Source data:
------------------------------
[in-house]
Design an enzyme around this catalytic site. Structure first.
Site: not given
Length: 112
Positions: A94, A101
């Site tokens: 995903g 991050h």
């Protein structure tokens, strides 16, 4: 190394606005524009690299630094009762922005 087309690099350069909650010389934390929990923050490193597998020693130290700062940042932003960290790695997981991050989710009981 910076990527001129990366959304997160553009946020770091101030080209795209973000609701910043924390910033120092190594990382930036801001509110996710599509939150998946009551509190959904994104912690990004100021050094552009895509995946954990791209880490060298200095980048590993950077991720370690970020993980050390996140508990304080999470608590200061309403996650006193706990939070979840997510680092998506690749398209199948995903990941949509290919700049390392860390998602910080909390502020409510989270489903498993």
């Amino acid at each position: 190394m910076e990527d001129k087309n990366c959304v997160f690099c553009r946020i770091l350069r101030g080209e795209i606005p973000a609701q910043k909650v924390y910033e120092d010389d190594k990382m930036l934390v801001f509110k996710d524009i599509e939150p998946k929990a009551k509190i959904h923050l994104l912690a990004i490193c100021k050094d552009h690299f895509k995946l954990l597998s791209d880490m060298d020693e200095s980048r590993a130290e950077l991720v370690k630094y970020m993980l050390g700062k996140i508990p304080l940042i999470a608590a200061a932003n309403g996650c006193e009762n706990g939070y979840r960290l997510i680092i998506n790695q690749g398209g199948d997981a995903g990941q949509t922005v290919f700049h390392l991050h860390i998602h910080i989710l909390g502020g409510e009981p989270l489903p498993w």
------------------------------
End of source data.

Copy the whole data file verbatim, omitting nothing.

[in-house]
Design an enzyme around this catalytic site. Structure first.
Site: not given
Length: 112
Positions: A94, A101
């Site tokens: 995903g 991050h």
């Protein structure tokens, strides 16, 4: 190394606005524009690299630094009762922005 087309690099350069909650010389934390929990923050490193597998020693130290700062940042932003960290790695997981991050989710009981 910076990527001129990366959304997160553009946020770091101030080209795209973000609701910043924390910033120092190594990382930036801001509110996710599509939150998946009551509190959904994104912690990004100021050094552009895509995946954990791209880490060298200095980048590993950077991720370690970020993980050390996140508990304080999470608590200061309403996650006193706990939070979840997510680092998506690749398209199948995903990941949509290919700049390392860390998602910080909390502020409510989270489903498993």
């Amino acid at each position: 190394m910076e990527d001129k087309n990366c959304v997160f690099c553009r946020i770091l350069r101030g080209e795209i606005p973000a609701q910043k909650v924390y910033e120092d010389d190594k990382m930036l934390v801001f509110k996710d524009i599509e939150p998946k929990a009551k509190i959904h923050l994104l912690a990004i490193c100021k050094d552009h690299f895509k995946l954990l597998s791209d880490m060298d020693e200095s980048r590993a130290e950077l991720v370690k630094y970020m993980l050390g700062k996140i508990p304080l940042i999470a608590a200061a932003n309403g996650c006193e009762n706990g939070y979840r960290l997510i680092i998506n790695q690749g398209g199948d997981a995903g990941q949509t922005v290919f700049h390392l991050h860390i998602h910080i989710l909390g502020g409510e009981p989270l489903p498993w």